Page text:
October 2002 by Ron WendtA local mining company had been mining in the Circle mining district area creeks in interior Alaska for sixteen years. Using bulldozers, drag-lines, water pumps, and large sluicing plants, the owner-operator was very familiar with the geology...
The lake is at the southern tip of the San Andreas Fault, which has shifting tectonic plates that bring molten material closer to Earth’s surface. The only other part of the US known to have more geothermal brine available is on the fault’s other end in Northern California.
You will find a few articles in this issue that you wouldn’t normally expect to see in the Journal. Don’t fret—we’re not changing our focus, but the time seemed right to address a few pressing topics.
The Arizona Department of Mines and Mineral Resources has released the Directory of Active Mines in Arizona, 2001-2002.
How do I extract my gold from this ore?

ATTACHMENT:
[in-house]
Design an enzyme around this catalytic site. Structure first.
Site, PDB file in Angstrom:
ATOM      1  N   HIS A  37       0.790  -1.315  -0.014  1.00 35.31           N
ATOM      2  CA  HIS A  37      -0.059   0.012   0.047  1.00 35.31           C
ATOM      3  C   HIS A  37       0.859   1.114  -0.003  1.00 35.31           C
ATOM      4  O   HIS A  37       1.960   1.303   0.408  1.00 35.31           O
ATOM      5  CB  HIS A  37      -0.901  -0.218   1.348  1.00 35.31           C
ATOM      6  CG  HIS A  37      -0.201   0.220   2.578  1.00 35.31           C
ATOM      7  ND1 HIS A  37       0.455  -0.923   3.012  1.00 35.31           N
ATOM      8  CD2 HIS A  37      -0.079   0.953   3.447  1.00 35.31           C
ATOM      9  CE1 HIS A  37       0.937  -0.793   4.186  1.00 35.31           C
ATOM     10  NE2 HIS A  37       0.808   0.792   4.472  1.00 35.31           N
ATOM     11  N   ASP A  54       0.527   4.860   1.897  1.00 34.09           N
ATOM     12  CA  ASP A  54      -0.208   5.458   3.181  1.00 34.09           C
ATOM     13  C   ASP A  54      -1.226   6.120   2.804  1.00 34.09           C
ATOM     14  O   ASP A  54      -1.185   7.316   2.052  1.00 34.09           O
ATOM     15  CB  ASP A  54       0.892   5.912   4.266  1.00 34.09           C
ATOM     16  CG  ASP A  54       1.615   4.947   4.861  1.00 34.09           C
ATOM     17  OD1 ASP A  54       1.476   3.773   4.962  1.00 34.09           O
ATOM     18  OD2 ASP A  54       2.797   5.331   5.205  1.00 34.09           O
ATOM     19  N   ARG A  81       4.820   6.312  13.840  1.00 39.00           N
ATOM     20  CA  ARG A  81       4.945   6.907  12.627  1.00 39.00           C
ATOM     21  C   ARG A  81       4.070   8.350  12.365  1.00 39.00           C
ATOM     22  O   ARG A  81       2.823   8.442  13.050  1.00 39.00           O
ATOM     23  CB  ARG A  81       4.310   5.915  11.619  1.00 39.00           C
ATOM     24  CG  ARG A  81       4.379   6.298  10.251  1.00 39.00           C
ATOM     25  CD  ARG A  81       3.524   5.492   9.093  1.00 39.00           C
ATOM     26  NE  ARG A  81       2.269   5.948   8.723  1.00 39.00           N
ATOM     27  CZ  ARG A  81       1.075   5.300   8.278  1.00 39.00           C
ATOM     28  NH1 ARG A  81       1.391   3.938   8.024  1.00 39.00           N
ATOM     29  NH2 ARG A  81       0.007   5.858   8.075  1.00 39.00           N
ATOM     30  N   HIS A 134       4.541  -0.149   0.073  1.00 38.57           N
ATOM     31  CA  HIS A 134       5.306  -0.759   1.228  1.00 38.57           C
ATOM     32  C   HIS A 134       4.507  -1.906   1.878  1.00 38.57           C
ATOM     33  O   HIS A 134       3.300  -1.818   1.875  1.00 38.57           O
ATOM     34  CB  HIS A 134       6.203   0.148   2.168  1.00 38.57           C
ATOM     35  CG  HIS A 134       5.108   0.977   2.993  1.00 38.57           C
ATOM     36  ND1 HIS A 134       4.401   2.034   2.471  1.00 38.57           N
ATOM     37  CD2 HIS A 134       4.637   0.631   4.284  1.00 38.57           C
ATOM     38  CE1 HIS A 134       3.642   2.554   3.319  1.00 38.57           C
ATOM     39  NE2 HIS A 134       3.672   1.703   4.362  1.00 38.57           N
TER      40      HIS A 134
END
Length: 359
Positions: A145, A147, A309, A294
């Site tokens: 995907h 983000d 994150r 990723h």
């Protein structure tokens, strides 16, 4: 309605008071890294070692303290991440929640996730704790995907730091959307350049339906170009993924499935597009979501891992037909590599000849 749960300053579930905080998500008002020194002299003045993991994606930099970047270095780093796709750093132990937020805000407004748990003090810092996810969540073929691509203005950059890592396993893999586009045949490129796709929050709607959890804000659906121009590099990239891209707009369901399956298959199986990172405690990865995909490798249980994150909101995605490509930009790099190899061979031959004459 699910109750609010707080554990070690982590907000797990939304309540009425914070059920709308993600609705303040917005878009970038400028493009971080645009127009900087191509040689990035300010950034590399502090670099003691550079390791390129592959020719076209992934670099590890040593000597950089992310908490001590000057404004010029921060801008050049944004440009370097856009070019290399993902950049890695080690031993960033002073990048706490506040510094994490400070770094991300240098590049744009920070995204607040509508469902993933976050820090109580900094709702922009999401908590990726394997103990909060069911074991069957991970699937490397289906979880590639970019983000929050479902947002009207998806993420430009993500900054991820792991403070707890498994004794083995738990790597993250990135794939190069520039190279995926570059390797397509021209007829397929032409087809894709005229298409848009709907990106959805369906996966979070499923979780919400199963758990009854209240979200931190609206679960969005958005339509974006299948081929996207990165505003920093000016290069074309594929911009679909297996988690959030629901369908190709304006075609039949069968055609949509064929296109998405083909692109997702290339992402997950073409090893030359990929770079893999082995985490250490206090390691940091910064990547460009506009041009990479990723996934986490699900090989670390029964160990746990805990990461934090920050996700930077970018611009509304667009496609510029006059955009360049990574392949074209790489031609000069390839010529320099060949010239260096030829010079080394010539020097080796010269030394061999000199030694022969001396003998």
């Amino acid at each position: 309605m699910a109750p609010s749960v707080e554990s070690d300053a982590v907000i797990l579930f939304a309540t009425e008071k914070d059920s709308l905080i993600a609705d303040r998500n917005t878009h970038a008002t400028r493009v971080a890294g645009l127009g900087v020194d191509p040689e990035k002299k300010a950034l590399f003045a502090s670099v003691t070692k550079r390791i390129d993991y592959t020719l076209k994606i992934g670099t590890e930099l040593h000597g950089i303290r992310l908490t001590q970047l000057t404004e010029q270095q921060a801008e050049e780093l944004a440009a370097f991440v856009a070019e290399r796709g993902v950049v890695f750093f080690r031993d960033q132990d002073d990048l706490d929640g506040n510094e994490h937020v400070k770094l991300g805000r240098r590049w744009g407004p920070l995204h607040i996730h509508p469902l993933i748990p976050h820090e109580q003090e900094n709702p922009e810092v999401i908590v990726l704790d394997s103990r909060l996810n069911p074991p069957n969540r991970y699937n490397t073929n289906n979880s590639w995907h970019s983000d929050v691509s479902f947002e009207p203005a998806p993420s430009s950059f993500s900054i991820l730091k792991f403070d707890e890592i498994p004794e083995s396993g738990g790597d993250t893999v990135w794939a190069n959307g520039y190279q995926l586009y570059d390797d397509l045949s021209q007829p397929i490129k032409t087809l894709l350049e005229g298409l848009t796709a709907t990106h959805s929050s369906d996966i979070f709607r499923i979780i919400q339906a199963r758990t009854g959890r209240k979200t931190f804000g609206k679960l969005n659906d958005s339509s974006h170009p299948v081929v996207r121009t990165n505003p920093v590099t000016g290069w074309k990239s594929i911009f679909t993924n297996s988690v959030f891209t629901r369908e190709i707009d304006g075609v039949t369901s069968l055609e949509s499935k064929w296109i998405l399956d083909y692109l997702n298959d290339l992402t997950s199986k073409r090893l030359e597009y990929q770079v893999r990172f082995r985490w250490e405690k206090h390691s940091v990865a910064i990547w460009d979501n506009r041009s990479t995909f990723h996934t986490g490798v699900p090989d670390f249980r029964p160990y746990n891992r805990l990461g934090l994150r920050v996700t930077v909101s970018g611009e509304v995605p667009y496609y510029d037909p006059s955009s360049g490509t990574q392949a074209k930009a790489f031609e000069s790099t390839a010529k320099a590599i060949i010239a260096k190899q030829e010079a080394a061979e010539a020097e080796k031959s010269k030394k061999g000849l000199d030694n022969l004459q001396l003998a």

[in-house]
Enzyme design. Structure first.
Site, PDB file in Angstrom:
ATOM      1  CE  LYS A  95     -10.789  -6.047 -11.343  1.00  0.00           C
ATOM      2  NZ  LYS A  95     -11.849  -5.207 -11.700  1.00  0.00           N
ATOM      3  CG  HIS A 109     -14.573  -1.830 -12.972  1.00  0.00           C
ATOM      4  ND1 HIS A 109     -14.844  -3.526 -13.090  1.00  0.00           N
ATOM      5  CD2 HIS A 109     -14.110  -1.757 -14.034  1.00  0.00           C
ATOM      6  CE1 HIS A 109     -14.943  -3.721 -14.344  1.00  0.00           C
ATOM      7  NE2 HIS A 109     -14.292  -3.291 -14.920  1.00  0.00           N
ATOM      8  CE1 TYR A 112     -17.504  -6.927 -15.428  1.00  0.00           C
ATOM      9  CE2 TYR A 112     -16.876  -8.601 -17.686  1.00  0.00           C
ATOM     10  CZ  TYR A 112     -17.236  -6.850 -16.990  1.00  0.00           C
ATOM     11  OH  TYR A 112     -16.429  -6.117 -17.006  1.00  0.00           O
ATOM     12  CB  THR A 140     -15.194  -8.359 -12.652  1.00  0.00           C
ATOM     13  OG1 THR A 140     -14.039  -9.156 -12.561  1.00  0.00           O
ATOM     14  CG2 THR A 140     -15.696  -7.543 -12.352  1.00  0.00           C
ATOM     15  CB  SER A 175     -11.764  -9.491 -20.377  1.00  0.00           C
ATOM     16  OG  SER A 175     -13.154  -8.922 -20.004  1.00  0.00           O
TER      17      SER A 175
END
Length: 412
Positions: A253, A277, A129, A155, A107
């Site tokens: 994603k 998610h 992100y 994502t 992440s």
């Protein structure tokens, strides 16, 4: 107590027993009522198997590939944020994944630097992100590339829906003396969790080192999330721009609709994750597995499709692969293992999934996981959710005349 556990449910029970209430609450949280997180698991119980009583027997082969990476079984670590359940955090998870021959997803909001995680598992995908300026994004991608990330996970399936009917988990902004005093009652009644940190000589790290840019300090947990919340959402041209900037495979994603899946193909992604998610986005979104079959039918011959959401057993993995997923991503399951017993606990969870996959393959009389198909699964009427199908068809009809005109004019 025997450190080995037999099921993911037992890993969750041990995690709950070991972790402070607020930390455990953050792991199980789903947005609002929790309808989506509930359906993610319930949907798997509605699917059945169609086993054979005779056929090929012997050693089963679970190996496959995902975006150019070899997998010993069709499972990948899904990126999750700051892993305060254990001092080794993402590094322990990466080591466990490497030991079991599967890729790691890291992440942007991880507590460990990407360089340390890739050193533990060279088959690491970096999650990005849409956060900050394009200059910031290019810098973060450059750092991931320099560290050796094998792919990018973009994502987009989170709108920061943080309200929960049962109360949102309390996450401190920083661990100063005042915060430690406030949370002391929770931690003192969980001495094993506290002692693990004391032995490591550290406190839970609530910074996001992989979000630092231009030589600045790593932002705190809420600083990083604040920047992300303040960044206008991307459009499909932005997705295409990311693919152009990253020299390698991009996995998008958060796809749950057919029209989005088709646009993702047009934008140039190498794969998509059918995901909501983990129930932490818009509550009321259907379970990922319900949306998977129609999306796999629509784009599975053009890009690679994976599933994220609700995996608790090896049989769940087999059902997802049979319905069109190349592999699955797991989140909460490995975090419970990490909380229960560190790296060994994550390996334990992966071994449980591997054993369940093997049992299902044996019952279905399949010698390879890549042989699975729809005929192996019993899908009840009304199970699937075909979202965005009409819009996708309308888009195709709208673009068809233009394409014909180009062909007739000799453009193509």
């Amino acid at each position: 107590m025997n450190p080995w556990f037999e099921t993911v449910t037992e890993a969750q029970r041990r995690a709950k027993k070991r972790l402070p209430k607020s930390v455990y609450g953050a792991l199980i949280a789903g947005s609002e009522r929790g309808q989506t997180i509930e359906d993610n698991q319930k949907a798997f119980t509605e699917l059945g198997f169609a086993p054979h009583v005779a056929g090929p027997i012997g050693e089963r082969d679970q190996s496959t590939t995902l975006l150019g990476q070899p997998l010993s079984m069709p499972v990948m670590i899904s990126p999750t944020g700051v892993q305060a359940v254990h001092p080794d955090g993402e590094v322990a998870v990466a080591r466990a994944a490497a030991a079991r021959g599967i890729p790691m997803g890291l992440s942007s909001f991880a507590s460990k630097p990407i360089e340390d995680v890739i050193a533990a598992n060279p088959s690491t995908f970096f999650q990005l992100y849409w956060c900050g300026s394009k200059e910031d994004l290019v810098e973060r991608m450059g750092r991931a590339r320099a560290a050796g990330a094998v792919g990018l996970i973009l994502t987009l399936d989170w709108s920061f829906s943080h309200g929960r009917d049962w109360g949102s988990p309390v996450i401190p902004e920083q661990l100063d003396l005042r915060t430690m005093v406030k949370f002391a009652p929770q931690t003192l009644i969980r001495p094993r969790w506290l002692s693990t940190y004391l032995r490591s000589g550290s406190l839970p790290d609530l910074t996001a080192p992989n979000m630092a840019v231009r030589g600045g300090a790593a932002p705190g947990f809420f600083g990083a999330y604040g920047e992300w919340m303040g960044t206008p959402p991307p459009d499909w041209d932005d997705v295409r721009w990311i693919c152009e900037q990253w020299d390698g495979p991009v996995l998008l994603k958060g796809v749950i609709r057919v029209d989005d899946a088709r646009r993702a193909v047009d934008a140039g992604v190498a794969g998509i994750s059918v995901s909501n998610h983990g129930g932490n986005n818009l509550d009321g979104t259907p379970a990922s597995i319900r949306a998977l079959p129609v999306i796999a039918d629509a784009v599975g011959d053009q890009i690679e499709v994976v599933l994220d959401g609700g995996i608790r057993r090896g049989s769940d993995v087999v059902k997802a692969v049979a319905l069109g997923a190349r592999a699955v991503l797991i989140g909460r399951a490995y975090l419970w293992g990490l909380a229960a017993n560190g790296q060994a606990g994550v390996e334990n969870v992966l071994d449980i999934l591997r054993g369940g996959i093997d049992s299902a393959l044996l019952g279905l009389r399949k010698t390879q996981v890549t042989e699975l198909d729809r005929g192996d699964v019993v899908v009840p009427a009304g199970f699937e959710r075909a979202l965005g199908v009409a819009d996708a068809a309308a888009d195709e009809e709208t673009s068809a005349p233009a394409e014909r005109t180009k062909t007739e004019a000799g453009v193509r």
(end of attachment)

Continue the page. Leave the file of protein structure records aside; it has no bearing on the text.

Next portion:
“What does it take to get into gold detecting?” This may seem like a simple question, but the more I hear it, the more I realize it is a frequent question that needs to be answered.
Who were the earliest prospectors in the Western Hemisphere? Is there any way to tell?
The Bawl Mill • Our Readers Say • Placer Gold in Idaho • Working the Belmont Mine Butte, Montana—1953 • Simple Sluice Design • Cobalt and Nickel in Missouri • Sunshine Mine Video Brings Back Painful Memories • Gold Garbage: Scams New & Old • Company Notes • Picks & Pans: Confessions of a Professional Nuggetshooter • Gondwana Gold and Diamonds • Looking Back • Ghost Towns of Washington County, Utah • The Fire Within • 2002 California State Gold Panning Championships—Foresthill, California • Mining Stock Quotes and Mineral & Metal Prices • Melman on Gold & Silver